Ghana's Economy Snapshot

Economic Snapshot: Focus on Ghana (Q4, 2014)

Inflation – According to the Ghana Statistical Service (GSS), inflation remained stable in December, effectively bringing an end to a 15-month streak of consecutive higher readings. More specifically, the headline figure remained stable at 17% y-o-y in December, with an increase in food inflation offset by a decline in non-food inflation. Although inflation is expected to moderate moving forward, we believe the cedi will continue its depreciatory slide this year and, as such, inflation is likely to remain elevated.

Growth – A substantial fiscal slippage in 2012 and insufficient consolidation in 2013 have pressurised macroeconomic stability. Weak fiscal finances have contributed to a widening current account deficit, a depreciating currency, increasing levels of inflation, and high interest rates. All these factors, in addition to ongoing energy shortages, are likely to keep real GDP growth under pressure. We expect real GDP growth would have declined to 4.9% in 2014. This is much lower than growth rates seen in recent years, with real GDP growing on average by 8.1% p.a. during 2007-13.

National development plan – The main focus from a policy perspective relates to whether authorities will be able to secure a deal with the International Monetary Fund (IMF) for a loan and assistance with tightening the fiscal stance to correct economic imbalances.

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Macro-Economic Overview

Ghana experienced a major election-related expenditure slippage in 2012, and fiscal consolidation efforts since then have been insufficient to address the country’s fiscal problems. As a result, macroeconomic imbalances have been mounting. Nevertheless, the Ghanaian authorities declined to ask the International Monetary Fund (IMF) for assistance over the last few years, insisting that their home-grown policies will be sufficient. However, the government has finally changed its stance: with the fiscal situation continually deteriorating, President John Mahama instructed the government in July 2014 to open negotiations with the multilateral organisation in order to receive policy advice as well as funding.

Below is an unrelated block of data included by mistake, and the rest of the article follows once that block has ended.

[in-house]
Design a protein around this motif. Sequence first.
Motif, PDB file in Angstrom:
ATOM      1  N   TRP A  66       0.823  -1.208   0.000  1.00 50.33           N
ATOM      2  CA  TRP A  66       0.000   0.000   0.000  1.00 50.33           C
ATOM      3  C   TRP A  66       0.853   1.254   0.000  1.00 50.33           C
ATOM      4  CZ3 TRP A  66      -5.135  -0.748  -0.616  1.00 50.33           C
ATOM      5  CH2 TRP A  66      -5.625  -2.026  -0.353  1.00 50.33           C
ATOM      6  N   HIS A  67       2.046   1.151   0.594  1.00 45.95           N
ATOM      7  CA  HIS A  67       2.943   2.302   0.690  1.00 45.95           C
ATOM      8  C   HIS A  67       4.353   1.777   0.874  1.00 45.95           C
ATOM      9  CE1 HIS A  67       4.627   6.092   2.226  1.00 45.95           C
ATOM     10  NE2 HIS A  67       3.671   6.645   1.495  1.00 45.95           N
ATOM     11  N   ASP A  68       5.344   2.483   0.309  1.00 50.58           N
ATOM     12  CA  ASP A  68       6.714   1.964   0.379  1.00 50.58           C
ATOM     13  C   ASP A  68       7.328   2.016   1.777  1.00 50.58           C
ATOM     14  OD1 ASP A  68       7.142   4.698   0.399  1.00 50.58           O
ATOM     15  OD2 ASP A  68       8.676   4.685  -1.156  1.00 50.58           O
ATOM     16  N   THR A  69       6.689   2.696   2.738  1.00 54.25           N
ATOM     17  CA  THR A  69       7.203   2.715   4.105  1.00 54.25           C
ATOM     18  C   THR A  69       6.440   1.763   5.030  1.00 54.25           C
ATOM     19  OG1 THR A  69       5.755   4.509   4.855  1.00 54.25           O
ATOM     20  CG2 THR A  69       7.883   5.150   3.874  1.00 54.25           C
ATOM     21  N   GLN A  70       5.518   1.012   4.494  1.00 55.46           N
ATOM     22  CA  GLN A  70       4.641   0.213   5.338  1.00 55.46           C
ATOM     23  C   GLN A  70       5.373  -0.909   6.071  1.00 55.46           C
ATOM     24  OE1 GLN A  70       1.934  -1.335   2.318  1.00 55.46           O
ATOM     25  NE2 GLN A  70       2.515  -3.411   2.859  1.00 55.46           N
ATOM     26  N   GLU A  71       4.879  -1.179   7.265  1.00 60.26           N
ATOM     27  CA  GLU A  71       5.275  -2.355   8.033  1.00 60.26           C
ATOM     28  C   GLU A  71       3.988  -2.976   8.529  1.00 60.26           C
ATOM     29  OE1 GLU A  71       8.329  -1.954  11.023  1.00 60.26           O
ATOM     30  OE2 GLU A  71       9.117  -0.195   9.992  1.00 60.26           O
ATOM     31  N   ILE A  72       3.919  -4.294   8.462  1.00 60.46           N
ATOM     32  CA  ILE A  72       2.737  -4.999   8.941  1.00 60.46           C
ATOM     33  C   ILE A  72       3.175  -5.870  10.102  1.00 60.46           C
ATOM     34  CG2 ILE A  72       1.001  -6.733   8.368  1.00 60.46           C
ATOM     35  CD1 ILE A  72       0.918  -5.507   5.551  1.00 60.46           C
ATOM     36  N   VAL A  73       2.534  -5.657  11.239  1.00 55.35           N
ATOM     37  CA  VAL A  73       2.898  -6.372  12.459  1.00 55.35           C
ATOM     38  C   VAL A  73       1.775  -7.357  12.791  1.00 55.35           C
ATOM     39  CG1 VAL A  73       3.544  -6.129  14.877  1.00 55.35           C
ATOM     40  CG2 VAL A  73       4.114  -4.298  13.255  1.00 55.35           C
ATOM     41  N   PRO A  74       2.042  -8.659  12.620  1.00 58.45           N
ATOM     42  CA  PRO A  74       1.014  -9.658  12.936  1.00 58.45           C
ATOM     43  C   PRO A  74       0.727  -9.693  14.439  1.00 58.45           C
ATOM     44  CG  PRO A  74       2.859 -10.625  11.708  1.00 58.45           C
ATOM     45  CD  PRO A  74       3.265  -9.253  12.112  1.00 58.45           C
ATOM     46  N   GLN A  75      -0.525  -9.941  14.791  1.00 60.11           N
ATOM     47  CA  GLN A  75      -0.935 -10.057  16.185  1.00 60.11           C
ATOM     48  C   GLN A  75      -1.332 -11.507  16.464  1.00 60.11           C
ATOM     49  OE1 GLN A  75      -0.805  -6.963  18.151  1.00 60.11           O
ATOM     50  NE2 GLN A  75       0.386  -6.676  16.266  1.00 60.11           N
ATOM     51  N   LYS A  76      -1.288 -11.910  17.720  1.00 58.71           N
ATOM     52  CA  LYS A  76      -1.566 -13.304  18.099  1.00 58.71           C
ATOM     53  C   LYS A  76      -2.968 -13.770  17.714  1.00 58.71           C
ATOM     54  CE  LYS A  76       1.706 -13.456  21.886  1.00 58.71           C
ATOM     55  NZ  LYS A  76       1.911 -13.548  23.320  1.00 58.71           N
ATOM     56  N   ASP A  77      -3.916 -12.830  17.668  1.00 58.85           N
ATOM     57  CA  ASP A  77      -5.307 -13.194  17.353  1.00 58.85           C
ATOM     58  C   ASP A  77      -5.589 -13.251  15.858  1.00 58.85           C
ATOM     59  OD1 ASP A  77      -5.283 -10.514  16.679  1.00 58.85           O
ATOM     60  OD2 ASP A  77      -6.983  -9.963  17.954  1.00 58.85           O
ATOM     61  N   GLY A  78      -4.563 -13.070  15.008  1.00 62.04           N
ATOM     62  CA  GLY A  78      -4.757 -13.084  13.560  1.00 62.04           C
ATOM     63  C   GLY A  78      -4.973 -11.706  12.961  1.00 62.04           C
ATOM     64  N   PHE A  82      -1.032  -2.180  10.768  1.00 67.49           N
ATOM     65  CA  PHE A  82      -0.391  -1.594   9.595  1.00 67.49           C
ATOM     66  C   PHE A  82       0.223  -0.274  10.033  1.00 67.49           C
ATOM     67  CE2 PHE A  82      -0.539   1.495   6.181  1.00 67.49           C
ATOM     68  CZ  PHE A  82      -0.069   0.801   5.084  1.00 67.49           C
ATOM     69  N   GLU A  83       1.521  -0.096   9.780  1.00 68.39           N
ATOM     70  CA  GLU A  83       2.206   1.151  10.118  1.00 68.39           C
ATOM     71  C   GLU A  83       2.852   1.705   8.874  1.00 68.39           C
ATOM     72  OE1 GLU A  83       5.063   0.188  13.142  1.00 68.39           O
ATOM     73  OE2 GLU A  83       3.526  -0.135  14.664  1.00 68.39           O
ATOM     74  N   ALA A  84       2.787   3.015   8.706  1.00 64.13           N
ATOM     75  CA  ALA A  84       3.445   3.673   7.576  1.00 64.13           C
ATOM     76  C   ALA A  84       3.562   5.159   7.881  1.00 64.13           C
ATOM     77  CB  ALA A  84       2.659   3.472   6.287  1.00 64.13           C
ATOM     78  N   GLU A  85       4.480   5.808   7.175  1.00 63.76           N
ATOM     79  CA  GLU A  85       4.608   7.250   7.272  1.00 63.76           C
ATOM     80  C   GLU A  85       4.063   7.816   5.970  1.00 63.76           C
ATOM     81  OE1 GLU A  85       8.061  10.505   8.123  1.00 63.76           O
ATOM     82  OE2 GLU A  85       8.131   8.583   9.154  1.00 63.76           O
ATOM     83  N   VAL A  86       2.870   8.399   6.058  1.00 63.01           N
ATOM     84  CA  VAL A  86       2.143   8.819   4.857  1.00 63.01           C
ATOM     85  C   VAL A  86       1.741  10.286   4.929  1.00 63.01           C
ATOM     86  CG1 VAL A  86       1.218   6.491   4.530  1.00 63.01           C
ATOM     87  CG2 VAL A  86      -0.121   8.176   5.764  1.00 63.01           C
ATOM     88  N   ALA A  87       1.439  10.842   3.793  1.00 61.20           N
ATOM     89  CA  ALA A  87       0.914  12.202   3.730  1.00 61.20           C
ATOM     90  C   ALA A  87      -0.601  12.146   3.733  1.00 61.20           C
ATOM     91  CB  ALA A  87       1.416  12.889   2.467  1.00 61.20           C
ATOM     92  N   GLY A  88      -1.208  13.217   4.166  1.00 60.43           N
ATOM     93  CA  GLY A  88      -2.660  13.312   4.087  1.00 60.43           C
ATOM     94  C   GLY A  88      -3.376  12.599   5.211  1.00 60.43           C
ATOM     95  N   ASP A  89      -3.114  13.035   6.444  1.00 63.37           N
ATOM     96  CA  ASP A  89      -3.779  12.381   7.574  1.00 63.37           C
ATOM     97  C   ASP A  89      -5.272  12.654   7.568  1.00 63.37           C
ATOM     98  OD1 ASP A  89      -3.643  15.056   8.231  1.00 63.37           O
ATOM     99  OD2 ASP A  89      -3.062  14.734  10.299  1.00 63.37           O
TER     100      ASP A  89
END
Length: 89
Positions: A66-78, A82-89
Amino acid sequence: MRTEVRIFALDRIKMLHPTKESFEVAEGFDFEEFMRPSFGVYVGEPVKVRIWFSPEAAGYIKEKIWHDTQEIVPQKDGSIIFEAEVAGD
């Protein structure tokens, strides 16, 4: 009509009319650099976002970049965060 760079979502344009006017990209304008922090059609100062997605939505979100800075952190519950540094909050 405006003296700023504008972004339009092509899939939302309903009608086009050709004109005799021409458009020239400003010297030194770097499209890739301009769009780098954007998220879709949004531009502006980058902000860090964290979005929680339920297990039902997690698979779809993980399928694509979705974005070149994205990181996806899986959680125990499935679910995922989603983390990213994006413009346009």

The first round of discussions with the IMF regarding a possible support programme was completed on September 25, after which deliberations continued during the Fund’s annual meetings in Washington in October. The IMF released a statement on November 21, commenting on the results of the third round of deliberations with the Ghanaian authorities on a possible support programme. In particular, the Fund welcomed the government’s budget for 2015, and believes it contains crucial measures to limit growth in the public sector wage bill, boost revenues, and eliminate energy subsidies. The news that the IMF approves of the proposed fiscal budget is welcome, and paves the way for a programme to be agreed early in 2015. The involvement of the Fund should be very beneficial for Ghana; it could help improve policies as well as boost the credibility of the authorities, which in turn could unlock further funding.

The Ghana Statistical Service (GSS) held a news conference on January 14 during which it reported on Ghana’s preliminary 2014 Q3 GDP figures. According to Reuters, the economy expanded by 5.1% y-o-y during 2014 Q3, up from 4.6% y-o-y in 2013 Q3. The industrial sector (8.1% y-o-y) was the main growth driver in Q3, followed by agriculture (4.4% y-o-y) and services (3.5% y-o-y). We estimate the economy would have expanded by 4.9% in 2014, down from 7.6% in 2013. This is much lower than growth rates seen in recent years, with real GDP growing on average by 8.3% p.a. during 2007-13.

The Ghana Statistical Service (GSS) held a news conference on January 14 during which it reported on Ghana’s preliminary 2014 Q3 GDP figures. According to Reuters, the economy expanded by 5.1% y-o-y during 2014 Q3, up from 4.6% y-o-y in 2013 Q3. The industrial sector (8.1% y-o-y) was the main growth driver in Q3, followed by agriculture (4.4% y-o-y) and services (3.5% y-o-y). We estimate the economy would have expanded by 4.9% in 2014, down from 7.6% in 2013. This is much lower than growth rates seen in recent years, with real GDP growing on average by 8.3% p.a. during 2007-13.

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David Okwara

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